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Aviation

Overview

This page provides information and data on the Aviation sector, which is a component of the Transport industry.

The Aviation industry underpins Australian business and tourism and has an estimated annual revenue of $45.98 billion and added $18.42 billion to the Australian economy in 2018. During 2017 the Aviation sector carried over 60 million domestic passengers and there were over 1 million tonnes of international scheduled air freight traffic. The industry employs more than 93,000 people across its five main subsectors:

  • Domestic Commercial Aviation
  • International Commercial Aviation
  • General Aviation
  • Air-freight Aviation
  • Aviation Support Infrastructure.

Vocational education and training (VET) is required in the Aviation sector in job roles such as:

  • Aerodrome Operations
  • Airport Safety
  • Ground Operations
  • Cargo Services
  • Customer Service
  • Aviation Transport Protection
  • Aviation Search and Rescue
  • Management and Supervision
  • Air Traffic Control
  • Flight Operations (Pilots – aeroplane, helicopter, commercial, military, remote and pilot in command)
  • Flight Instruction.

Nationally recognised training for the Aviation sector is delivered under the AVI - Aviation Training Package.

For information on the Aerospace, Maritime, Rail and Transport and Logistics sectors please visit the respective pages.

Information sourced from the most recently available Skills Forecast, the Aviation IRC’s 2019 Skills Forecast.

All data sources are available at the end of the page.

IRC and skills forecast

The Aviation IRC was not required to submit an annual update to their 2019 Skills Forecast during 2020. As such, the version published in 2019 remains the most recently published Skills Forecast for this industry.

Employment trends

Please note: any employment projections outlined below were calculated by the Australian Bureau of Statistics prior to COVID-19.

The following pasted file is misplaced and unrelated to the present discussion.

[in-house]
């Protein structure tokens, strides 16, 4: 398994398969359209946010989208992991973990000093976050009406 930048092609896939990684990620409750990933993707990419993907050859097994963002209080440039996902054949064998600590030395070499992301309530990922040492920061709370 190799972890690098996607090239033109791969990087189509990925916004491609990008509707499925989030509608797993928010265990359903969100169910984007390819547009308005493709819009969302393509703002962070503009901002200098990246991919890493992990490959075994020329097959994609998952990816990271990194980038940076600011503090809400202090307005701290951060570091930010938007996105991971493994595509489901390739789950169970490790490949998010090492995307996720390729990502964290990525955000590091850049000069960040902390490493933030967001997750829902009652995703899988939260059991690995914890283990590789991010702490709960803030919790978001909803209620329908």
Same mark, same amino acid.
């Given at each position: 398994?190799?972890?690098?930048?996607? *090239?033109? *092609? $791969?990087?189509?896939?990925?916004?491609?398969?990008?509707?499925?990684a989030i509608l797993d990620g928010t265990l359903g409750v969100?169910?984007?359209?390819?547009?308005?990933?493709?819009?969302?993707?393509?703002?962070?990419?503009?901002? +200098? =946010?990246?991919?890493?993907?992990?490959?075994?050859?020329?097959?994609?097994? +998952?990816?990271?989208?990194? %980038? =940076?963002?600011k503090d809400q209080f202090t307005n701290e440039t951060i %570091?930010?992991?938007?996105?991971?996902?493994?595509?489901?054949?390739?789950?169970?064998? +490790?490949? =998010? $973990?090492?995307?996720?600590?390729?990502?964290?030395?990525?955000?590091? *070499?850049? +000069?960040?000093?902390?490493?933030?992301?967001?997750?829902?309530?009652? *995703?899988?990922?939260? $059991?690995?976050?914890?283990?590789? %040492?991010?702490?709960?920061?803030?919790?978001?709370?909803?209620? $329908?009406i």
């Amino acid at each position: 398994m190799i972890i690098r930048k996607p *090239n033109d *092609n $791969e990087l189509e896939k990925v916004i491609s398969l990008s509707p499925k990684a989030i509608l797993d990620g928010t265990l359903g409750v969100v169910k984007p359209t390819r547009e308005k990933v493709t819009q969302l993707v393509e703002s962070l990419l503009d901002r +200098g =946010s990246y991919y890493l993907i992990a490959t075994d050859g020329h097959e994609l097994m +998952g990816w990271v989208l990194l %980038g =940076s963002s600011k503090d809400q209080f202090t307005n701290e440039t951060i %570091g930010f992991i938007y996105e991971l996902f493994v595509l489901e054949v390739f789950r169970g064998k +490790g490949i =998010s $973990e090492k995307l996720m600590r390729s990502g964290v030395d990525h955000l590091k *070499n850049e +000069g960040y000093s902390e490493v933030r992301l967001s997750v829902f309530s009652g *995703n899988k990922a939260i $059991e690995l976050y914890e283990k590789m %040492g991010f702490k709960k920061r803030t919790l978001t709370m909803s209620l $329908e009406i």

Employment snapshot

The employment level in the Airport Operations and Other Air Transport Support Services industry increased steadily between 2000 and 2014 and fluctuated between 2015 and 2020. The employment level is projected to increase from 12,400 in 2020 to 14,100 in the period to 2024. The Air and Space Transport industry saw fluctuations in employment levels over the same period, decreasing in 2020 after employment numbers increased in 2019. Employment is projected to increase in the period to 2024.

Air Transport Professionals and Travel Attendants made up 15% and 14% respectively of the combined Air and Space Transport and Airport Operations and Other Air Transport Support Services industry workforces. Employment in both occupations is projected to increase in the period to 2024.

Training trends

Training snapshot

In 2019, there were approximately 5,940 program enrolments in Aviation-related qualifications and around 2,150 completions. Both program enrolments and completions increased between 2015 and 2019. The proportion of subject-only enrolments has increased since 2016, with 88% of students enrolled in subjects delivered as part of a nationally recognised program in 2019.

Fifty-six per cent of enrolments in 2019 were at the diploma or higher level. More than half of enrolments (51%) were in Commercial Pilot/Instrument Flight Operations qualifications, with the main intended occupation of Aeroplane Pilot.

In 2019, private training providers delivered nearly two thirds of all qualifications (64%), TAFE institutes delivered 30%, with most of the remainder delivered by enterprise providers. However, there was variance in provider type between the discrete qualification clusters with 92% of the Cabin Crew and Flight Operations qualifications provided by TAFE institutes whereas for Aviation Screening and Security, 96% of training was delivered by private training providers.